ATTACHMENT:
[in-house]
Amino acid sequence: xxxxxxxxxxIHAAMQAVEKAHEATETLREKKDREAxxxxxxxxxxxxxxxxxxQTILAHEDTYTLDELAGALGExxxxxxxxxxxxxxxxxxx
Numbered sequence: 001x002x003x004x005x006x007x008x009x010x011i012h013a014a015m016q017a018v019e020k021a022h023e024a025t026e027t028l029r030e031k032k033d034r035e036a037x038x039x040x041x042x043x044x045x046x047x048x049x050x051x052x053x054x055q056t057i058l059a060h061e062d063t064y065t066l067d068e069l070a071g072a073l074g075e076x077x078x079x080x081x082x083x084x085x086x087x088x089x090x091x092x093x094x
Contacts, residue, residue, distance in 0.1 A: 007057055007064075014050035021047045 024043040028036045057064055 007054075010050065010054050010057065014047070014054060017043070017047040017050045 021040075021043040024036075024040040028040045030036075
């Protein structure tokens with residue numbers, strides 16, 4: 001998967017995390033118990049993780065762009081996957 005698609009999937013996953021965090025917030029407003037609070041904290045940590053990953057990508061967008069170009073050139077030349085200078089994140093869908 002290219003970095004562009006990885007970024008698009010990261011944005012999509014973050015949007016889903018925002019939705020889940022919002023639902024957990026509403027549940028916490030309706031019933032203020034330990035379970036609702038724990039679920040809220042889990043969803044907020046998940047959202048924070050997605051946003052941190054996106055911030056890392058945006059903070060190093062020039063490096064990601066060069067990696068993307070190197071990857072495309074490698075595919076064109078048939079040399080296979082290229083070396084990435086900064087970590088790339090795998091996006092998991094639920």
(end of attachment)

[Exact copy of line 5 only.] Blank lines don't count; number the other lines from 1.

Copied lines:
């Protein structure tokens with residue numbers, strides 16, 4: 001998967017995390033118990049993780065762009081996957 005698609009999937013996953021965090025917030029407003037609070041904290045940590053990953057990508061967008069170009073050139077030349085200078089994140093869908 002290219003970095004562009006990885007970024008698009010990261011944005012999509014973050015949007016889903018925002019939705020889940022919002023639902024957990026509403027549940028916490030309706031019933032203020034330990035379970036609702038724990039679920040809220042889990043969803044907020046998940047959202048924070050997605051946003052941190054996106055911030056890392058945006059903070060190093062020039063490096064990601066060069067990696068993307070190197071990857072495309074490698075595919076064109078048939079040399080296979082290229083070396084990435086900064087970590088790339090795998091996006092998991094639920």